After a particularly difficult weekend of parenting, I confided in my friend Joy that I felt like my child’s irrational behavior seemed to be a reflection of a parenting fail on my part.
My child could not accept that they had to stick to their commitments. (Never mind the fact that they had cried, begged, swore on their grave that this was the ONE thing they were born to do and HAD to do it or their pitiful life was over.)
Now there was a new, “I’m gonna die if I don’t do this” thing and I was officially the “meanest, most unfair mom ever.” (Exact words of my child.)
The words didn’t bother me. The anger behind them did.
I wasn’t as worried about the fact that they thought I was being mean; it was the fact that my child was so quick to change passions in the blink of an eye.
Joy pointed out that maybe there was some regret there. My child now saw a new opportunity and regretted making the previous choice. My friend shared that her kids had demonstrated similar behavior and accused her of “forcing” them to do the very things she knew they loved. In her kind and wise way, Joy said, “I think sometimes they (the kids) have regrets and they use it as anger towards us, but it’s not okay for them to be angry with us for what they regret.”
Regret as anger?!?!
I had never considered the two feelings to be mutual or even really related except to be angry at myself because I regretted something.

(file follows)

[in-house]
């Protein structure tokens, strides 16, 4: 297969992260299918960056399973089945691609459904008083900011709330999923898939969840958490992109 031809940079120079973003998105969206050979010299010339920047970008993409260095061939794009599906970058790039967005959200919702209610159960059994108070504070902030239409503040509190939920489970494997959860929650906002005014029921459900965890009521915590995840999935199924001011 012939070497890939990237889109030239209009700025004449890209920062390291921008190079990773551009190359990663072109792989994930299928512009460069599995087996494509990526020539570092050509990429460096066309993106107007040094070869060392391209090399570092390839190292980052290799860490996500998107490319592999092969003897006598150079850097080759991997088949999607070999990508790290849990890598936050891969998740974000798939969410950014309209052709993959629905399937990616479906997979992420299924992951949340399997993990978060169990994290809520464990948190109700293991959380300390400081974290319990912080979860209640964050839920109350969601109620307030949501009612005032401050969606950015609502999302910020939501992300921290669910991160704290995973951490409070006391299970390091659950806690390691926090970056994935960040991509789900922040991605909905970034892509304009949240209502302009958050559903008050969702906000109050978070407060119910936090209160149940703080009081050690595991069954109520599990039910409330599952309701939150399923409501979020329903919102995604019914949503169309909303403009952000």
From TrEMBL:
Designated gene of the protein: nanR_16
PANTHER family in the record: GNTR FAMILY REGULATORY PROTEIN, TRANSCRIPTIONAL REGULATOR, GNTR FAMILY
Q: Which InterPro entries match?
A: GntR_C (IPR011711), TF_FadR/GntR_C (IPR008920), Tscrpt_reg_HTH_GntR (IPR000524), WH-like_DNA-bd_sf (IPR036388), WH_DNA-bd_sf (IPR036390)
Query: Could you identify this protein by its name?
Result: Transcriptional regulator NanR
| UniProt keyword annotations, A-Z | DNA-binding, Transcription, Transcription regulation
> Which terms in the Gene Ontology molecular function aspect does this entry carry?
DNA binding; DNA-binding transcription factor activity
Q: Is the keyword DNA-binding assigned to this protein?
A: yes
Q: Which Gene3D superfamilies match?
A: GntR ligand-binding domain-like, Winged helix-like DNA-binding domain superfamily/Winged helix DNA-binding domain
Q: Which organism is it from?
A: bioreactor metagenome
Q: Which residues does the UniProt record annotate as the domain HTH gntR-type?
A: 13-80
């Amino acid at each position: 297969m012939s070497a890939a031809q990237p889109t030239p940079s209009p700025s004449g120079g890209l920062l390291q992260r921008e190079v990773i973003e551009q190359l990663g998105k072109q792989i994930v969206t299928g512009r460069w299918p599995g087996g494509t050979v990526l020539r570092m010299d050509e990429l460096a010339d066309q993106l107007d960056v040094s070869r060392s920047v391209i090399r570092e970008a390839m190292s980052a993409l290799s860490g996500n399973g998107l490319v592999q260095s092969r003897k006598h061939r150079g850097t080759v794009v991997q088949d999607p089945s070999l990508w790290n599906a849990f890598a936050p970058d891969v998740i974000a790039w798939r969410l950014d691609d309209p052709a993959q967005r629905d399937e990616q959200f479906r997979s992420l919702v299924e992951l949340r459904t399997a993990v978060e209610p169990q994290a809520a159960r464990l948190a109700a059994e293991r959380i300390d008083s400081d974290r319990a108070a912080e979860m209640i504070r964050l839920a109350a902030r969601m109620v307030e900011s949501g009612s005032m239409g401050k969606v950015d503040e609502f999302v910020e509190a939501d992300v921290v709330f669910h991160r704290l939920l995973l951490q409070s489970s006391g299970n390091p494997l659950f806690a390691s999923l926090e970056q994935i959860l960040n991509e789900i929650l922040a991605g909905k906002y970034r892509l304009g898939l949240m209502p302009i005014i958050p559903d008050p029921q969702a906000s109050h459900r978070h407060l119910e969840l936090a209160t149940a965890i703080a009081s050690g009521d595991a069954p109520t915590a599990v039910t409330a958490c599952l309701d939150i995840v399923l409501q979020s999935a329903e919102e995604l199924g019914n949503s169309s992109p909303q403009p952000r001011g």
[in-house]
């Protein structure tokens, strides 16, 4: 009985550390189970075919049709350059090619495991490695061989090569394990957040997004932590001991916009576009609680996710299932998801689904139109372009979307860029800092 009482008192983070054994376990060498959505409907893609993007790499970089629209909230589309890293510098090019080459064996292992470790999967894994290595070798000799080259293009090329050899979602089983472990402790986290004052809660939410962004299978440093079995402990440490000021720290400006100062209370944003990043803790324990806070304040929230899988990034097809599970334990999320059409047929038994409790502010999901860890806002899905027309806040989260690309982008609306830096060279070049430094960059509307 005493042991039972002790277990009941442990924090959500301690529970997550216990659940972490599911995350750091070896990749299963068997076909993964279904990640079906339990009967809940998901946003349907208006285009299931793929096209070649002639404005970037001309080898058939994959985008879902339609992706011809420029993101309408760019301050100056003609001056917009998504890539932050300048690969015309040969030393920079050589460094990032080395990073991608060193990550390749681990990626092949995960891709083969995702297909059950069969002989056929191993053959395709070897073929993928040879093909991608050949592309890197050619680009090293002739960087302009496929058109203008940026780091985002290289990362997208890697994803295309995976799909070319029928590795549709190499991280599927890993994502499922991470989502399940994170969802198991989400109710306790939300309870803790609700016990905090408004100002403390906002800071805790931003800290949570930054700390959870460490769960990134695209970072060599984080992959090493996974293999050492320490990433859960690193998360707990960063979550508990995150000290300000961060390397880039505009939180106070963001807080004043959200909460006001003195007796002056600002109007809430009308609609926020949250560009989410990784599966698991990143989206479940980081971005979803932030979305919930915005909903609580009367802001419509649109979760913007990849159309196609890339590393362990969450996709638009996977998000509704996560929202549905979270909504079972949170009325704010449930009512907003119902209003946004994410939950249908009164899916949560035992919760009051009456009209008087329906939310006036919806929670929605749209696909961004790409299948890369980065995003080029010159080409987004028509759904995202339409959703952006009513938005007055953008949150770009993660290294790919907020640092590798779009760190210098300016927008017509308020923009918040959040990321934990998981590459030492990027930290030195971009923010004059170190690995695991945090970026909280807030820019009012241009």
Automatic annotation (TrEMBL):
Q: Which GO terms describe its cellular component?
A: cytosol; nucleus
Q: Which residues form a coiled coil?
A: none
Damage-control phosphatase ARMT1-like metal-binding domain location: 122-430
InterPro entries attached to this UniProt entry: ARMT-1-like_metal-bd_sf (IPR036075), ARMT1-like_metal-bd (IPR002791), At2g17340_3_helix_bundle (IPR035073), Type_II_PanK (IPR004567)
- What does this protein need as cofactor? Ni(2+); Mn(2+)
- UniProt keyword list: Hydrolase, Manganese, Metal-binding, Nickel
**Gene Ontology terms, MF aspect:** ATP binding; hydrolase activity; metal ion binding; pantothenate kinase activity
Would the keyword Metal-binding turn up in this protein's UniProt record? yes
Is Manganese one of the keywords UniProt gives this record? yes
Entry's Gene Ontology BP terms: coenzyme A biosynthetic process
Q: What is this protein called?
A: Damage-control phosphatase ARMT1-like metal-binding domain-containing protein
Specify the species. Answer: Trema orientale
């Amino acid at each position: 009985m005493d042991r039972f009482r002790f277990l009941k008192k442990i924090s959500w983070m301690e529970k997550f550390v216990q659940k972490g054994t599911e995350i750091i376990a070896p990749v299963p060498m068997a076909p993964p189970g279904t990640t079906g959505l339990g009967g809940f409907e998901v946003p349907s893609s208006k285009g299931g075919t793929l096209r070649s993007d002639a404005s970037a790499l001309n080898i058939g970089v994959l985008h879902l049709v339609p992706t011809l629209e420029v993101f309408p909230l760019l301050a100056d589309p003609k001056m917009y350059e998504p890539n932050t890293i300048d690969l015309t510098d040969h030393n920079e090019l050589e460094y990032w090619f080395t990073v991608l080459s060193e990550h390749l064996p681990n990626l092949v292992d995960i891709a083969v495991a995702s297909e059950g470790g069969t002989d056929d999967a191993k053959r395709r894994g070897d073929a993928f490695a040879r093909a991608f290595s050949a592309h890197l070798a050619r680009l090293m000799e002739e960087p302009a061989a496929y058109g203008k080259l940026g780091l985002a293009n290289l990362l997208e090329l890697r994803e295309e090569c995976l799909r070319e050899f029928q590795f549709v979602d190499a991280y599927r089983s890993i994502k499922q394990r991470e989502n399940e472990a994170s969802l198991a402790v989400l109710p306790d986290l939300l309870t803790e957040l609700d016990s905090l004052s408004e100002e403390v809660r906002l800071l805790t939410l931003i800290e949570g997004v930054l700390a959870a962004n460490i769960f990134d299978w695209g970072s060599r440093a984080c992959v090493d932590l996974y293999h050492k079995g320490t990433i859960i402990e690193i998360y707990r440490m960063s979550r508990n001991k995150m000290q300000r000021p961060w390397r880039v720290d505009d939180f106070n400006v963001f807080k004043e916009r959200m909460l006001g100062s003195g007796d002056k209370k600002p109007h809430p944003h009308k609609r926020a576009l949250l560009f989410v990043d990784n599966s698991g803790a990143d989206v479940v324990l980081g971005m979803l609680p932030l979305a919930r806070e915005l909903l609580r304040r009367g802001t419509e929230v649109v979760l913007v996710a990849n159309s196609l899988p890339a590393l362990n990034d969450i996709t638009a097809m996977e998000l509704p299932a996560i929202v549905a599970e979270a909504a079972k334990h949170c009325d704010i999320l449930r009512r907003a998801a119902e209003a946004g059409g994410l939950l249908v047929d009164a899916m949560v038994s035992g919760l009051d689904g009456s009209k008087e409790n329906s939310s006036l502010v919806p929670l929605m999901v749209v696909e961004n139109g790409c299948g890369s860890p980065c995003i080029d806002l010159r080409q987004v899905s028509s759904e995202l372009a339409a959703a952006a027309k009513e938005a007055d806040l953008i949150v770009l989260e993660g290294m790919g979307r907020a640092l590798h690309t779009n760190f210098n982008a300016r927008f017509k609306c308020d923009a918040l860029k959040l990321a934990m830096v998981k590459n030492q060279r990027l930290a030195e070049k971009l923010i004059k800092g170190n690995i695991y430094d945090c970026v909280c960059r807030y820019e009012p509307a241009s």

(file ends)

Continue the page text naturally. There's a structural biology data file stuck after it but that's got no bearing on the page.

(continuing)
Never had I believed that my regrets were a reason to be angry at someone else, but, as I thought about my own past, I realized that it had happened. It had happened a lot when I was younger and occasionally in adulthood. Wow!
Regret doesn’t make it okay for us to punish others or treat them with hostility.
Regret is something within our own minds and hearts.
Regret happens when we fail to do our best to seek out the actions, reactions, and successes that we most desire.
Yes, our desire may present itself in hindsight, but it still does not give us the right to be angry with others.
Now, if something terrible occurred or failed because of the actions of another person or people, it’s understandable that you would feel anger. However, you can’t regret the actions of other for them. Those actions are not yours to repent.
So whether you are a parent in doubt or someone who is frustrated with seemingly limited options, please keep this in mind; regret does not give anyone the right to lash out at others.
We should shape our lives based on what we believe is best.
Our energy should be directed at moving forward and putting the past in its place (behind us).
Our intent should fuel us to be honest about what’s bothering us or the anger shot our way because of the regrets of others.
When we begin to understand that there are more positive ways to deal with regret, the easier it will be to release any remorse or help others cancel their contriteness.
By: Melanie A. Peters
P.S. Joy also recommends prayer in these situations. She is super smart, so I recommend taking her advice.